A depth interpolator 640 is also coupled to format converter 632, and is configured to obtain the depth of the pixels within a triangle. It is important to note that in accordance with one embodiment of the invention, when a bin is being rendered it is likely that the triangles within a bin are in overlapping layers. Layer is a separable surface in depth from another layer. 3D triangle rasterizer 607 processes the layers front to back so as to avoid rasterizing complete triangles in succeeding layers. By rasterizing only the visible pixels, considerable calculation and processing may be saved. Thus, rasterizer 607 sorts the layers on a bin by bin basis. Because the average number of triangles in a bin is around 10, the sorting process does not take a long time. This sorting occurs prior to any triangle set-up or rasterization in accordance with one embodiment of the invention.

It is noted that preferably the triangles in a bin are not sorted just on each triangle's average depth or Z value. For larger triangles, depth interpolator 640 obtains the Z value of the middle of the triangle. Z-valid register 642 is coupled to depth interpolator 642 to track the valid depth values to be stored in a depth tile buffer 628 in data cache 108 as described below.

As illustrated in FIG. 22, the buffers employed in data cache 108 during rasterization mode are fragment index 650, rasterizer set-up buffer 622, texture coordinate tile (tile T) 624, color tile (tile C) 626 and depth tile (tile Z) 628. Fragment index 650 is coupled to a fragment generator 648, which provides fragments which are employed for anti-aliasing or α blending.

Fragment generator 648 is coupled to four buffer spaces in memory 128 including fragment link buffer 652, texture coordinate of fragment buffer 654, color of fragment buffer 656 and depth of fragment buffer 658. The operation of these buffers in memory is based on the same principle as will be discussed in reference with corresponding buffers in data cache 108. Rasterizer set-up buffer 622 is coupled to format converter 632 so as to provide the triangle parameters that are necessary for the rasterization process to complete. Furthermore, texture coordinate tile 624 is coupled to texture coordinate interpolator 636. Similarly, color tile 626 is coupled to color interpolator 638, and depth tile 628 is coupled to depth interpolator 640. Depth tile 628 holds the valid depth values of each triangle in a bin that is being processed.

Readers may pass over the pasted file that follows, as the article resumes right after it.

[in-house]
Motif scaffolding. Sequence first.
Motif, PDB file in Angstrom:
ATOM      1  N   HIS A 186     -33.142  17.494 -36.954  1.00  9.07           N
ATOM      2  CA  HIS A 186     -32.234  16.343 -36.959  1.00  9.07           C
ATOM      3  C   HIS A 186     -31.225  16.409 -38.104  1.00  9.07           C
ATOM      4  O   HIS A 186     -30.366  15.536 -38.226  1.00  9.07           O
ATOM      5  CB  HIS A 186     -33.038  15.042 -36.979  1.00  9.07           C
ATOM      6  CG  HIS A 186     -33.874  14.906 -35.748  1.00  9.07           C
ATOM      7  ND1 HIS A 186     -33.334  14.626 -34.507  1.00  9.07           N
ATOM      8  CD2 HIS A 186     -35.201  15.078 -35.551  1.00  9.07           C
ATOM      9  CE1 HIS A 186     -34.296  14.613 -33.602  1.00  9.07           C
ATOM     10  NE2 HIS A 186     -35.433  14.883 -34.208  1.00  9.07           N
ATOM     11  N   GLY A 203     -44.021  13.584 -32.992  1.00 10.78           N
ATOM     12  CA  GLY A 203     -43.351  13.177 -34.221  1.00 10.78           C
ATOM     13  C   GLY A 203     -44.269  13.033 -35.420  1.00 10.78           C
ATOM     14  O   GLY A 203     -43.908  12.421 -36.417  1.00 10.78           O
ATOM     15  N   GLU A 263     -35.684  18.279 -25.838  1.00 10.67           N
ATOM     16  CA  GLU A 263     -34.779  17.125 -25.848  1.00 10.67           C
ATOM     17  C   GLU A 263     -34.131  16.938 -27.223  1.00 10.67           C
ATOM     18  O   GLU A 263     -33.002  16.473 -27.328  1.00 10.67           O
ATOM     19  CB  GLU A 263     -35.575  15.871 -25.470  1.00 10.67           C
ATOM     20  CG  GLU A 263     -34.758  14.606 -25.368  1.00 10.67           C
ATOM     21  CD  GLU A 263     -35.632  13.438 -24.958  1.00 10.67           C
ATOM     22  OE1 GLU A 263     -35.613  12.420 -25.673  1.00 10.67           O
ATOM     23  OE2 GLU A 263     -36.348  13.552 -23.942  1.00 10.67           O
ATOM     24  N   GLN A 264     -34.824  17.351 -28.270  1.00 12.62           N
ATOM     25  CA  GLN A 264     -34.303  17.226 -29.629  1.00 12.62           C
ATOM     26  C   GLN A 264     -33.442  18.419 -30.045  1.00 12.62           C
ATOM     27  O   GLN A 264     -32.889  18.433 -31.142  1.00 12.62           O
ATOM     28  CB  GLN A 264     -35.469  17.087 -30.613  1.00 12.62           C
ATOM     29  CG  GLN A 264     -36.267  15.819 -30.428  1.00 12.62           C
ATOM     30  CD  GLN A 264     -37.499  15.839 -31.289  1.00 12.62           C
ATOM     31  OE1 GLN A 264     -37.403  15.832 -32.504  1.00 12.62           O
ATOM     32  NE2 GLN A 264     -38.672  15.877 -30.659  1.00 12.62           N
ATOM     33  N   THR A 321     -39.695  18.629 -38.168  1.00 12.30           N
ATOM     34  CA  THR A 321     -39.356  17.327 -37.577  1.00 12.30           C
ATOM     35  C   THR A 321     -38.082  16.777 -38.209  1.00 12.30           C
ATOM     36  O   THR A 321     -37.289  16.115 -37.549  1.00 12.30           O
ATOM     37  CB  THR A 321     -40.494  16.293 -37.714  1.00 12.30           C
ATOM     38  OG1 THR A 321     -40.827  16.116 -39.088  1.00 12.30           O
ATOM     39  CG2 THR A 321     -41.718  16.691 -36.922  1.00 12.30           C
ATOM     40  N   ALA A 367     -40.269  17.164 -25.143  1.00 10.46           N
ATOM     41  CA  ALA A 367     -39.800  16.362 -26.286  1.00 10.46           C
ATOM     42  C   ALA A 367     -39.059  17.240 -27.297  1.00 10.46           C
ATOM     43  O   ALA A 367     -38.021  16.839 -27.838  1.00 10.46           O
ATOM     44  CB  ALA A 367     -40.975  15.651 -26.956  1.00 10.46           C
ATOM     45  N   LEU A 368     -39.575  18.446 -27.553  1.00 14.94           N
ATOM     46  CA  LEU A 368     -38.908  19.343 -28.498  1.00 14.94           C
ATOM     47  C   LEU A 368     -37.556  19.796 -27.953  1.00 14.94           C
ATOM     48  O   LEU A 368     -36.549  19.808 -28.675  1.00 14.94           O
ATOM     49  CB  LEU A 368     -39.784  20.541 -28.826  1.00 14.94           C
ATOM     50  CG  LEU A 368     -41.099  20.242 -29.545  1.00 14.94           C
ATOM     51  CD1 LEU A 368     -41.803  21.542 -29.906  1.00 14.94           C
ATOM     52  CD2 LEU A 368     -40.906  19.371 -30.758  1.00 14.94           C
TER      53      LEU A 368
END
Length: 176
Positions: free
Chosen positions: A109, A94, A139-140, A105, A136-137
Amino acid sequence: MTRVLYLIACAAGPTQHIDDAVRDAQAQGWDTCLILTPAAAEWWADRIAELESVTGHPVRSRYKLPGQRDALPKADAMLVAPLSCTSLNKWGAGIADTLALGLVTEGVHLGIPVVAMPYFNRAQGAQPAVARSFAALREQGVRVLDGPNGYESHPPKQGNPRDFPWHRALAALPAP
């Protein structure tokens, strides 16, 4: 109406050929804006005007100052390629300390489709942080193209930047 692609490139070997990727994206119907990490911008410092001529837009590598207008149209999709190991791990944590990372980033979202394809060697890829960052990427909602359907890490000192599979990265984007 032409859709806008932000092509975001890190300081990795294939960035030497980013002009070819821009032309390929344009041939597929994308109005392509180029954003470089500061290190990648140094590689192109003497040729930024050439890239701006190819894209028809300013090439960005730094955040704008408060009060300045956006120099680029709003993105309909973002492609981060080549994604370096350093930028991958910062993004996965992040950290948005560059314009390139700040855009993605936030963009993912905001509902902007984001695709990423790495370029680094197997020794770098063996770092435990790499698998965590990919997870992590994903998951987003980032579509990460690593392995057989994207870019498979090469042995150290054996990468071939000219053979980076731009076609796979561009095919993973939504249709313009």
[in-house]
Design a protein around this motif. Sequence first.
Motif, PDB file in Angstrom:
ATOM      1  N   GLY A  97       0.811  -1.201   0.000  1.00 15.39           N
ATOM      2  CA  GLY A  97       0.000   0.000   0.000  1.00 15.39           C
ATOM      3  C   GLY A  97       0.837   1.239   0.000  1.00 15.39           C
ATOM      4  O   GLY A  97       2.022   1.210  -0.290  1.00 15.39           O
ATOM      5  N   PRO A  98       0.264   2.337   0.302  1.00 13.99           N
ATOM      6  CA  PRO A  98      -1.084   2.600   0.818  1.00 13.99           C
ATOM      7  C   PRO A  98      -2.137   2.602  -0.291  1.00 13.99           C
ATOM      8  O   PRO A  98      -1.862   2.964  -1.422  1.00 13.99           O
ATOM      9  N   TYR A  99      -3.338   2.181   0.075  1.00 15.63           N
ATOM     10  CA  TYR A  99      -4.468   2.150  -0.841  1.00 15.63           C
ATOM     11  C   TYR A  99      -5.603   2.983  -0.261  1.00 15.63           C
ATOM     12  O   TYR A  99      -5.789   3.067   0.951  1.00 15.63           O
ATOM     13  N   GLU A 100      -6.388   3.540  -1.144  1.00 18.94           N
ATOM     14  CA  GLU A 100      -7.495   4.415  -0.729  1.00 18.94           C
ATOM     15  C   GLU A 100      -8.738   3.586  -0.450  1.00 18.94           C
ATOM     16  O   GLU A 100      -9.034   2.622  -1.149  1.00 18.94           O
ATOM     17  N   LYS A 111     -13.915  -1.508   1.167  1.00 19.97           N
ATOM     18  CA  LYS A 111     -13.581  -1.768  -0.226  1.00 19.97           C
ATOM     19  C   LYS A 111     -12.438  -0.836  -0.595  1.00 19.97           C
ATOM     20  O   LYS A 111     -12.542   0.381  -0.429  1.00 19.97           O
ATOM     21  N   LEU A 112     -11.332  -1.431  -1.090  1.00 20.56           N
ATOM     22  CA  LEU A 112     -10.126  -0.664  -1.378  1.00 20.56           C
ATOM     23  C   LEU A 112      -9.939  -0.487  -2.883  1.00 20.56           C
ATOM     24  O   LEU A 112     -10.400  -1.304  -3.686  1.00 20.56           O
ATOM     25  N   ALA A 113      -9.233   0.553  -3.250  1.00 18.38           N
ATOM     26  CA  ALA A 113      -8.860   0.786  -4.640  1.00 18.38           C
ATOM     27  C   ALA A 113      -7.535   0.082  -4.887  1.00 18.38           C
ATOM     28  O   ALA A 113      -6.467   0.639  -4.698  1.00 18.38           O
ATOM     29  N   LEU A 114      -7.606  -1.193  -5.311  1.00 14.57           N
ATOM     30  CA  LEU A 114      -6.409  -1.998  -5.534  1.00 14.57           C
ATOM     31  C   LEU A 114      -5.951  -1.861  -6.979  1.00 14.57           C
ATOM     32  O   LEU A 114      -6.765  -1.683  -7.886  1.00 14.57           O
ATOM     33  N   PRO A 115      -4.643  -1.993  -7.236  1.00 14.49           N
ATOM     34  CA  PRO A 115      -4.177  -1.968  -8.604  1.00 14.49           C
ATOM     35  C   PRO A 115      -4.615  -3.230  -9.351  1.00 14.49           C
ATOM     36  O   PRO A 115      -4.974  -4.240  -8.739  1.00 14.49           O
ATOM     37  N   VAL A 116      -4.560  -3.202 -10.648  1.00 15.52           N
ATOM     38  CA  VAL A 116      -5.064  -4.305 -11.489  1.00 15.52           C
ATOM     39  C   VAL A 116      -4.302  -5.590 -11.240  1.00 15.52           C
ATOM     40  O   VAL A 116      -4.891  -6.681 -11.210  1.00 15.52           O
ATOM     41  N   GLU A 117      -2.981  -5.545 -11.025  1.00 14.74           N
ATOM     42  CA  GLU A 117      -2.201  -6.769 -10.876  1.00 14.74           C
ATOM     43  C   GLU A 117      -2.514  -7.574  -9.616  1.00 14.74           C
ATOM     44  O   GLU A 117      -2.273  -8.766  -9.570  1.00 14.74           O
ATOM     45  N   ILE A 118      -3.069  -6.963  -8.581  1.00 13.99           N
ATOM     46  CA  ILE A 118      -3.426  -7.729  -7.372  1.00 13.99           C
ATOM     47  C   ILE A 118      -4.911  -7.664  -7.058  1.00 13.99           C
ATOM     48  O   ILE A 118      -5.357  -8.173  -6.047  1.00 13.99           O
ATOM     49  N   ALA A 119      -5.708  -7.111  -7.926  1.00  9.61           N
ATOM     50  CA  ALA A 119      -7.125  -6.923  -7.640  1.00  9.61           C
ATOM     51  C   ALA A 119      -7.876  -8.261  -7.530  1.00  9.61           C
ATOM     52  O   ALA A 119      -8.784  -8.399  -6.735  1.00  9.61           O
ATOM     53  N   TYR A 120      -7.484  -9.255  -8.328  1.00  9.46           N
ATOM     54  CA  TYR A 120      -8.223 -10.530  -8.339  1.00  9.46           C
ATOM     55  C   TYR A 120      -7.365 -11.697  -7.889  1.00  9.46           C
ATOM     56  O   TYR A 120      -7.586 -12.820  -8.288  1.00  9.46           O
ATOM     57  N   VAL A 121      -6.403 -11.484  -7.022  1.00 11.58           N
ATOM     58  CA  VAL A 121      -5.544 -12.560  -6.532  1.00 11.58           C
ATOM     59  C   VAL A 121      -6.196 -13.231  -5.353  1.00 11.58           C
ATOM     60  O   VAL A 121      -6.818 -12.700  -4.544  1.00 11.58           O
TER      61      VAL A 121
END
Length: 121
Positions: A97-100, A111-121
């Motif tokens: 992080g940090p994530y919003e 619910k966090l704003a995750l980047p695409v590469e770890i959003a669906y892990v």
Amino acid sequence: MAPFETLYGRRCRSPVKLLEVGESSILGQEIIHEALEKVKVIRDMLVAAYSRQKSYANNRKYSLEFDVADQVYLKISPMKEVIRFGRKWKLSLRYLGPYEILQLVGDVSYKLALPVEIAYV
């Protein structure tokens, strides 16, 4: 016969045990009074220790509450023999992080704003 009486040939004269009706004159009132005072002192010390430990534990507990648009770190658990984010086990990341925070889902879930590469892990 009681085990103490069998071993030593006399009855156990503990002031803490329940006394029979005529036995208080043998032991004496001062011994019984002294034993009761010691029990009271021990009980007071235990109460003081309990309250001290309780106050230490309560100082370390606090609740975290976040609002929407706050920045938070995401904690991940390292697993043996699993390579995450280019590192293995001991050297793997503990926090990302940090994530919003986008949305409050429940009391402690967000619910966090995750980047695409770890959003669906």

Thus, during operation, 3D triangle rasterizer 607 reads triangle set-up data corresponding to the vertex of each triangle, including screen coordinates, texture coordinates, shading colors, depth and their partial differentials, dR/dX, dR/dY, etc. from data cache rasterizes set-up buffer 622. For these differentials, for example, R is red component of shading color and dR/dX means the difference of R for moving 1 pixel along x-direction. dR/dY means the difference of R for moving 1 pixel along y-direction. Using these set-up parameters, 3D triangle rasterizer 607 rasterizes inside of a given triangle by interpolation. By employing the Z-buffering only the results of visible triangles or portions thereof are stored in texture coordinate tile 624 and color tile 626. Thus, the Z value of each pixel is stored in tile 628. The Z value indicates the depth of a pixel away from the user's eyes. Thus, the Z values indicate whether a pixel is hidden by another object or not.

As a result, texture coordinate tile 624 stores texture-related information such as a texture map address and size, and texture coordinates for a tile. Texture coordinates are interpolated by texture coordinate interpolator 636 as a fixed point number and stored in texture coordinate tile 624 in the same fixed-point format. Similarly, color tile 626 defines a data structure that stores RGBA shading colors for visible pixels. Thus, the texture and color information provided after the rasterization relates to visible pixels in accordance with one embodiment of the invention.